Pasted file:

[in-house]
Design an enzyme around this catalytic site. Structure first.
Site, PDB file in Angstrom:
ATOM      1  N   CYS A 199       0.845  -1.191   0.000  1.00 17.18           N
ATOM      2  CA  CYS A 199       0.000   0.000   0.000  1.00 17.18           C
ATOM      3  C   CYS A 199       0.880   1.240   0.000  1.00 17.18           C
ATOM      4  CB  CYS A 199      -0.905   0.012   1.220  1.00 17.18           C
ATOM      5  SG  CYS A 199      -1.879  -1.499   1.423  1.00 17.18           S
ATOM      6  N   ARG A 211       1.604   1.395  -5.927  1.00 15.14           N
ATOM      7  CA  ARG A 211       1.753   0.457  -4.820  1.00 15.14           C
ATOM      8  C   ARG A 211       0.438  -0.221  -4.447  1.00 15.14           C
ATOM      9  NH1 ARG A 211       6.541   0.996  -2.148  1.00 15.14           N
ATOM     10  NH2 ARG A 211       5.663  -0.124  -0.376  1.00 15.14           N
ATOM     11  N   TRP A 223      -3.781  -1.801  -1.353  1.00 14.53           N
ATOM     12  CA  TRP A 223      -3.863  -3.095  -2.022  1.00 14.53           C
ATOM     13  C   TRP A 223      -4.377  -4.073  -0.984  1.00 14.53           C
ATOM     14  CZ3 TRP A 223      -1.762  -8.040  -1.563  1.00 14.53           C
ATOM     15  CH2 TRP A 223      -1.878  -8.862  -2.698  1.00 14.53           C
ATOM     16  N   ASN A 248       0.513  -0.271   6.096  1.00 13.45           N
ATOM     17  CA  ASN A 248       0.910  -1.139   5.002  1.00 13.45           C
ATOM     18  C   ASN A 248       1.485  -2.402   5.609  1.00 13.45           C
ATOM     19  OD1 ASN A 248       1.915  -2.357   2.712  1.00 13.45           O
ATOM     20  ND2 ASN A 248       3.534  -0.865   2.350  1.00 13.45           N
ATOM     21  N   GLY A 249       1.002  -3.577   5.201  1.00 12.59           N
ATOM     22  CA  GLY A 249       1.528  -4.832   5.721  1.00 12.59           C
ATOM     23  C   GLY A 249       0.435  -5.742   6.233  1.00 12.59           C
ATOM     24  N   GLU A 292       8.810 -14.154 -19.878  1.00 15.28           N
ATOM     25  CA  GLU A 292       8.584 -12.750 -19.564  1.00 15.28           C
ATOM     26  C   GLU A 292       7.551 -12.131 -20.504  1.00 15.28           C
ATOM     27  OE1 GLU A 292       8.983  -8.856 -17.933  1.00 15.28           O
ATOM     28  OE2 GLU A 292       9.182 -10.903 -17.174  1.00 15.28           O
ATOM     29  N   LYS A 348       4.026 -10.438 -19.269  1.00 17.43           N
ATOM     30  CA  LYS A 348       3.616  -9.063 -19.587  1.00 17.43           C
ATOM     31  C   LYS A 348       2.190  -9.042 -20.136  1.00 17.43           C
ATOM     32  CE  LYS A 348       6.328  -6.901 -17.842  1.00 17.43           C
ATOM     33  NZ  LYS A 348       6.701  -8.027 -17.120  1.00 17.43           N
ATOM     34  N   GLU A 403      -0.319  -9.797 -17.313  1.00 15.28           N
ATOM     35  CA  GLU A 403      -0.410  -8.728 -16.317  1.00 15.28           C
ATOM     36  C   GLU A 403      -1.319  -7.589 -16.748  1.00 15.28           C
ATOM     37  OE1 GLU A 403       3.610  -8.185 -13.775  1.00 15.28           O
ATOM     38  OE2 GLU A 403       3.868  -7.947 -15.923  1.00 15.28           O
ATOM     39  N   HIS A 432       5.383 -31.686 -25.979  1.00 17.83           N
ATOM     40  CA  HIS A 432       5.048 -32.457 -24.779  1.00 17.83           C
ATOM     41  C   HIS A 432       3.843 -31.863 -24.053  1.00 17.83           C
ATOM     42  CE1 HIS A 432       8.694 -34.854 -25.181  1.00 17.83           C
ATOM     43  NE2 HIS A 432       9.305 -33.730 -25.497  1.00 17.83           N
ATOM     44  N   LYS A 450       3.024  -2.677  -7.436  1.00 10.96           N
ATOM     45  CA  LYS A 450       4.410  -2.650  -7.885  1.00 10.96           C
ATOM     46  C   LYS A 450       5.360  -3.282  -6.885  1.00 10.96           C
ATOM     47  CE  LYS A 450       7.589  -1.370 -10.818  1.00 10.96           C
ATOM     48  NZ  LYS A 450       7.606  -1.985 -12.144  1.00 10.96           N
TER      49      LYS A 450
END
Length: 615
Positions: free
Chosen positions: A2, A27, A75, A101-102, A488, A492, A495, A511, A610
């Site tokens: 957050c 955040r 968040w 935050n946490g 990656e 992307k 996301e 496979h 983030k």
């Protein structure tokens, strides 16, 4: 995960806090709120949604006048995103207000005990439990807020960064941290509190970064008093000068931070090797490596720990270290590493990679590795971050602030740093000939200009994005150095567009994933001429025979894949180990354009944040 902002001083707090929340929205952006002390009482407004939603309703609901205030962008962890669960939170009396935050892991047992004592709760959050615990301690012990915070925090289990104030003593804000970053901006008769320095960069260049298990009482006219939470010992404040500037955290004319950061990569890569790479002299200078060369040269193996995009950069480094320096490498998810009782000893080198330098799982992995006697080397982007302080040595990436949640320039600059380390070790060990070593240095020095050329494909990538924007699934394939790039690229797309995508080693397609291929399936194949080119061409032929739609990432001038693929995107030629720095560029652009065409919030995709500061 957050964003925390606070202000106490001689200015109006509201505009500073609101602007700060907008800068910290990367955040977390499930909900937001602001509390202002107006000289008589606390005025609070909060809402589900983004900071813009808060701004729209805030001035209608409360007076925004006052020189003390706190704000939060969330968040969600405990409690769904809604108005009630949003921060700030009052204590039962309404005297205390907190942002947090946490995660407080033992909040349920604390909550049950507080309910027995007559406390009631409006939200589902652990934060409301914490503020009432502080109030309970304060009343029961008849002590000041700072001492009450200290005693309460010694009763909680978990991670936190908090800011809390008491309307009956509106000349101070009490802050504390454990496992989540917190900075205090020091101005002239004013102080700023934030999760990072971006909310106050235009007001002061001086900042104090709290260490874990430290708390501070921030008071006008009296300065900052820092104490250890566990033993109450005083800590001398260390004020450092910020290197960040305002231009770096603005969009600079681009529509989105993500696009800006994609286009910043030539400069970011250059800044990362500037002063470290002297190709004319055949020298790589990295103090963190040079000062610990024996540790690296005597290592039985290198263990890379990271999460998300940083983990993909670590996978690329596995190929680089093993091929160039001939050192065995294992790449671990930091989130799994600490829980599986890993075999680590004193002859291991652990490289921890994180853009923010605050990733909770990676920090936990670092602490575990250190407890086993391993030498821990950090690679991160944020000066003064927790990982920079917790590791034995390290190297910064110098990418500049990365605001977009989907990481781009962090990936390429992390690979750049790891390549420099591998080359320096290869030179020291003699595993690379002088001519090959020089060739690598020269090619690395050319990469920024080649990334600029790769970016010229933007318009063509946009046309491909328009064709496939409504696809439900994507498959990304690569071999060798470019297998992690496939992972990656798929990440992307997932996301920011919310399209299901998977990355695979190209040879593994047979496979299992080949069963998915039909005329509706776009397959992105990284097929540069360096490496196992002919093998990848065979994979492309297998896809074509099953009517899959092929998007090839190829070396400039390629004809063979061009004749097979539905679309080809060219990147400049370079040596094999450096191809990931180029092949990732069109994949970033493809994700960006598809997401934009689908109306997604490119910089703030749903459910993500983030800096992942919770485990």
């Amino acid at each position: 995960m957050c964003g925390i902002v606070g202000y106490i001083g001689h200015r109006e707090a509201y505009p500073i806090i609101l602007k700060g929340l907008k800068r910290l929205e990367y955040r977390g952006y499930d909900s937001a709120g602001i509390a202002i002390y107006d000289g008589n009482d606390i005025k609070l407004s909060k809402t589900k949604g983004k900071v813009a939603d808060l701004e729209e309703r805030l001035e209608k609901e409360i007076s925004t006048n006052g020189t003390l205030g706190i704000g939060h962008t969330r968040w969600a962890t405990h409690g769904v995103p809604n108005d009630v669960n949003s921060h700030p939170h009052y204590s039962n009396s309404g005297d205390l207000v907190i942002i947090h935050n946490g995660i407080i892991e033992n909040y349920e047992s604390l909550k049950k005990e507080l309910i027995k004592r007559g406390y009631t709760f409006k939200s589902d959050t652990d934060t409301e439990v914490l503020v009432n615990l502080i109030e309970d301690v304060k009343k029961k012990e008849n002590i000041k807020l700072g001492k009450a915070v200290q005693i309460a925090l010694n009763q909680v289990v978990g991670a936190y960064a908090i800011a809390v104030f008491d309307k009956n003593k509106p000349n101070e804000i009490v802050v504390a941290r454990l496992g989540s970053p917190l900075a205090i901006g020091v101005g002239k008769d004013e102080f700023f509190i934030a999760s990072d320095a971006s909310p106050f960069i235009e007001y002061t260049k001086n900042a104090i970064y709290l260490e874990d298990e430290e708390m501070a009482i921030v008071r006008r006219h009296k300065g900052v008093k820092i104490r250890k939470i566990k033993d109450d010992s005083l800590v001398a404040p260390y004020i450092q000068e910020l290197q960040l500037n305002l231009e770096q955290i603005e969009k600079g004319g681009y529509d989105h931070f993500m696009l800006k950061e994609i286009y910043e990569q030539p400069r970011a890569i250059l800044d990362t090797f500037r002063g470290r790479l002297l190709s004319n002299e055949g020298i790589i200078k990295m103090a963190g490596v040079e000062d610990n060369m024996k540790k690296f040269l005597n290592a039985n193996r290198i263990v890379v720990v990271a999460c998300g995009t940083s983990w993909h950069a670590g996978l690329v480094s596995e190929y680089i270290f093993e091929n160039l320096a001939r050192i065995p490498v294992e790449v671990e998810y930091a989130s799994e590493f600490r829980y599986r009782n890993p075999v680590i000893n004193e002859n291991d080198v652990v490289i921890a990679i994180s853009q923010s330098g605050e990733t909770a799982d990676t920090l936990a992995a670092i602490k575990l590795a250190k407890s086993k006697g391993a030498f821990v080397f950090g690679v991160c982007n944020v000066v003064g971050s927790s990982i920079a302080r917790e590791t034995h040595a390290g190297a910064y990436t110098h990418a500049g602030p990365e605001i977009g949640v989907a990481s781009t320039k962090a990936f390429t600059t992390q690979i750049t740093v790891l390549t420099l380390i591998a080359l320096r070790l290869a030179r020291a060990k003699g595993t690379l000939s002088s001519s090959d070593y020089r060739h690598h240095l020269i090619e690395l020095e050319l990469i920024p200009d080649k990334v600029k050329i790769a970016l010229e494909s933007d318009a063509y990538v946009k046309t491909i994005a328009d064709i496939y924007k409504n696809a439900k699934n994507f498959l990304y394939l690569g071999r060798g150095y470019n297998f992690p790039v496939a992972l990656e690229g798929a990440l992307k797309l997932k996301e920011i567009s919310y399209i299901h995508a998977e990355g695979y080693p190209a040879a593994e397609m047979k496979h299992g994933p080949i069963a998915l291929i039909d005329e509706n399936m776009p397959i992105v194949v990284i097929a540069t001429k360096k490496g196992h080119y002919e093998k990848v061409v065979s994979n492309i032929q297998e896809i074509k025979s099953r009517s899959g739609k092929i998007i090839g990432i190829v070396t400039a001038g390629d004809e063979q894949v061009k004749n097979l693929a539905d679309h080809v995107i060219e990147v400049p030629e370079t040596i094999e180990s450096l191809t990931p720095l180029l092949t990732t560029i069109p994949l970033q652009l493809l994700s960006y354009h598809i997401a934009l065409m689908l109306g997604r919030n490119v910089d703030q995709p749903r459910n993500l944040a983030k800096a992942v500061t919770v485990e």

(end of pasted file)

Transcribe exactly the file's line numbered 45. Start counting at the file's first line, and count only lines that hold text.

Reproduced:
ATOM     42  CE1 HIS A 432       8.694 -34.854 -25.181  1.00 17.83           C